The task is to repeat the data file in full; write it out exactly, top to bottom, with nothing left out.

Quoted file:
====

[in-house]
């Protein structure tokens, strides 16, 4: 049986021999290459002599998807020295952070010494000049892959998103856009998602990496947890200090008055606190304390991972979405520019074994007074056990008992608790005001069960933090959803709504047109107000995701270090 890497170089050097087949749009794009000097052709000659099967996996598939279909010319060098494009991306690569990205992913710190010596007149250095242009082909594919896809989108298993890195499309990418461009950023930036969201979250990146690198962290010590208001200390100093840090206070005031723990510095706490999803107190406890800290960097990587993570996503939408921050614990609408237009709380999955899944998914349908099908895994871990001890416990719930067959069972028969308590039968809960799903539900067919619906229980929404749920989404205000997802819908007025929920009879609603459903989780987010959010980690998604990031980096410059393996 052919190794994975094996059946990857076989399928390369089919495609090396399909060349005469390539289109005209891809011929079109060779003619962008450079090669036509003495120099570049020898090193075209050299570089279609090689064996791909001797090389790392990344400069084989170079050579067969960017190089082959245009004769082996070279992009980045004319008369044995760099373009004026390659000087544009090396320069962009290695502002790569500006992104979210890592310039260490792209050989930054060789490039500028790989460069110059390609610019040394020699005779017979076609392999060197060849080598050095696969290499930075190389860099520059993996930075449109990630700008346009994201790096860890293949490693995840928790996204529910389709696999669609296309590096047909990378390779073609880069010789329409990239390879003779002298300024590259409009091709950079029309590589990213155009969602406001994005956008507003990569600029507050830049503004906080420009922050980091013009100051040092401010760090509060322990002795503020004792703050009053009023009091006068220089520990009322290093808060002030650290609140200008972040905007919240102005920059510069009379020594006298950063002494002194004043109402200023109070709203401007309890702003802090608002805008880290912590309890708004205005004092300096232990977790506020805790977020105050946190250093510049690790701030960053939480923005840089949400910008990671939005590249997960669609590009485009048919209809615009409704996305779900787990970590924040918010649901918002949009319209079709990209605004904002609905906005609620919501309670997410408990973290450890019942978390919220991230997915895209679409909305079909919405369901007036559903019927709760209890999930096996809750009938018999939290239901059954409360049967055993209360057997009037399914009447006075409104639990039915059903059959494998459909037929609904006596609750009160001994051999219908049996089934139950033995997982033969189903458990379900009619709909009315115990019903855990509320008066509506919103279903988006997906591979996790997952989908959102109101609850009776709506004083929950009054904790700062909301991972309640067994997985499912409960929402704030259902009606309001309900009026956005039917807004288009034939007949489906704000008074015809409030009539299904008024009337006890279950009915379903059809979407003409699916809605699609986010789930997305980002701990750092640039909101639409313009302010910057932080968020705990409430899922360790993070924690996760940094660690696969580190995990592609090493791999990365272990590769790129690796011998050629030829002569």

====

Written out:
[in-house]
């Protein structure tokens, strides 16, 4: 049986021999290459002599998807020295952070010494000049892959998103856009998602990496947890200090008055606190304390991972979405520019074994007074056990008992608790005001069960933090959803709504047109107000995701270090 890497170089050097087949749009794009000097052709000659099967996996598939279909010319060098494009991306690569990205992913710190010596007149250095242009082909594919896809989108298993890195499309990418461009950023930036969201979250990146690198962290010590208001200390100093840090206070005031723990510095706490999803107190406890800290960097990587993570996503939408921050614990609408237009709380999955899944998914349908099908895994871990001890416990719930067959069972028969308590039968809960799903539900067919619906229980929404749920989404205000997802819908007025929920009879609603459903989780987010959010980690998604990031980096410059393996 052919190794994975094996059946990857076989399928390369089919495609090396399909060349005469390539289109005209891809011929079109060779003619962008450079090669036509003495120099570049020898090193075209050299570089279609090689064996791909001797090389790392990344400069084989170079050579067969960017190089082959245009004769082996070279992009980045004319008369044995760099373009004026390659000087544009090396320069962009290695502002790569500006992104979210890592310039260490792209050989930054060789490039500028790989460069110059390609610019040394020699005779017979076609392999060197060849080598050095696969290499930075190389860099520059993996930075449109990630700008346009994201790096860890293949490693995840928790996204529910389709696999669609296309590096047909990378390779073609880069010789329409990239390879003779002298300024590259409009091709950079029309590589990213155009969602406001994005956008507003990569600029507050830049503004906080420009922050980091013009100051040092401010760090509060322990002795503020004792703050009053009023009091006068220089520990009322290093808060002030650290609140200008972040905007919240102005920059510069009379020594006298950063002494002194004043109402200023109070709203401007309890702003802090608002805008880290912590309890708004205005004092300096232990977790506020805790977020105050946190250093510049690790701030960053939480923005840089949400910008990671939005590249997960669609590009485009048919209809615009409704996305779900787990970590924040918010649901918002949009319209079709990209605004904002609905906005609620919501309670997410408990973290450890019942978390919220991230997915895209679409909305079909919405369901007036559903019927709760209890999930096996809750009938018999939290239901059954409360049967055993209360057997009037399914009447006075409104639990039915059903059959494998459909037929609904006596609750009160001994051999219908049996089934139950033995997982033969189903458990379900009619709909009315115990019903855990509320008066509506919103279903988006997906591979996790997952989908959102109101609850009776709506004083929950009054904790700062909301991972309640067994997985499912409960929402704030259902009606309001309900009026956005039917807004288009034939007949489906704000008074015809409030009539299904008024009337006890279950009915379903059809979407003409699916809605699609986010789930997305980002701990750092640039909101639409313009302010910057932080968020705990409430899922360790993070924690996760940094660690696969580190995990592609090493791999990365272990590769790129690796011998050629030829002569």